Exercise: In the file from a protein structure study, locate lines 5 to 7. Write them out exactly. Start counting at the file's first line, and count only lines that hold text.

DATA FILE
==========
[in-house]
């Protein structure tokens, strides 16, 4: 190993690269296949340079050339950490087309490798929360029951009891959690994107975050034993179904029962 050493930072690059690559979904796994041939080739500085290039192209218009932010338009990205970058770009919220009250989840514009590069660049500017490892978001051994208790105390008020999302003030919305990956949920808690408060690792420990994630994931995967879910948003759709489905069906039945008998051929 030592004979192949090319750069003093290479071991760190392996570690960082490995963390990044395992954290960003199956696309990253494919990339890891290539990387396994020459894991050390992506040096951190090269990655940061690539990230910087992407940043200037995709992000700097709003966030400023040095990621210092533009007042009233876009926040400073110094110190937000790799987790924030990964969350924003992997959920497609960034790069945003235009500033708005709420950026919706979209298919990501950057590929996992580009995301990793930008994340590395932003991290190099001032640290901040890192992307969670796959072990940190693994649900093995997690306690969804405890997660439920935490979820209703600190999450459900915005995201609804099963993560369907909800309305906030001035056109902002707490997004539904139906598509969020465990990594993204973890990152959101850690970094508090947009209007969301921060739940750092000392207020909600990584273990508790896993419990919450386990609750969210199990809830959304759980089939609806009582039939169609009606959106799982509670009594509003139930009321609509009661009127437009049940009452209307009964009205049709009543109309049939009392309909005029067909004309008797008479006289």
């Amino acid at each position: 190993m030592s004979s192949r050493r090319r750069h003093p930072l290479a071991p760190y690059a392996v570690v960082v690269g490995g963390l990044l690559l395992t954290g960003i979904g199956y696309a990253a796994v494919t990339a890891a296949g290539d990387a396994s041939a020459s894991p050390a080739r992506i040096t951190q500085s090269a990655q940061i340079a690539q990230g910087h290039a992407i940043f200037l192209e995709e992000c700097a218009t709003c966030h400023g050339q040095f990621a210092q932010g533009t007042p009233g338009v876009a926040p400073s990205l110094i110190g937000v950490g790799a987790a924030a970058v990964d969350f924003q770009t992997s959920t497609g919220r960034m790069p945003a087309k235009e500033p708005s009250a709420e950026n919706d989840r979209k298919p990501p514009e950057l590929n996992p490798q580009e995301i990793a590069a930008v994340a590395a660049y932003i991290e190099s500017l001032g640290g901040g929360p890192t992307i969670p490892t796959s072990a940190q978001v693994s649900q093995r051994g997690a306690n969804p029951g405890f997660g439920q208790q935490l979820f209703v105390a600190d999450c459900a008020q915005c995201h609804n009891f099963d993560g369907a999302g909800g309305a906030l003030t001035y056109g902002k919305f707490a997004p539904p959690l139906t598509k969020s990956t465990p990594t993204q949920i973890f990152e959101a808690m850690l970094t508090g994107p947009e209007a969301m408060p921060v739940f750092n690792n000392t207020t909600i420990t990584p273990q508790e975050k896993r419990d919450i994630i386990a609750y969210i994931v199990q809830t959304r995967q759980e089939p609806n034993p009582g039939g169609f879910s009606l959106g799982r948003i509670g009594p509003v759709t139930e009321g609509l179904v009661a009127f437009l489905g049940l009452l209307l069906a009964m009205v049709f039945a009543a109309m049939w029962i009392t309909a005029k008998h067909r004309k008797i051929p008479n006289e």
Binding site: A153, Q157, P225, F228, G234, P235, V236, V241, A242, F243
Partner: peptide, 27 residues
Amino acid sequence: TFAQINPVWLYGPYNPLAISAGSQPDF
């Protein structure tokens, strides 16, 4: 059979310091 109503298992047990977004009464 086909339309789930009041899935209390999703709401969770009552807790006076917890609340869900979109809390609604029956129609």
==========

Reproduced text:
Partner: peptide, 27 residues
Amino acid sequence: TFAQINPVWLYGPYNPLAISAGSQPDF
């Protein structure tokens, strides 16, 4: 059979310091 109503298992047990977004009464 086909339309789930009041899935209390999703709401969770009552807790006076917890609340869900979109809390609604029956129609």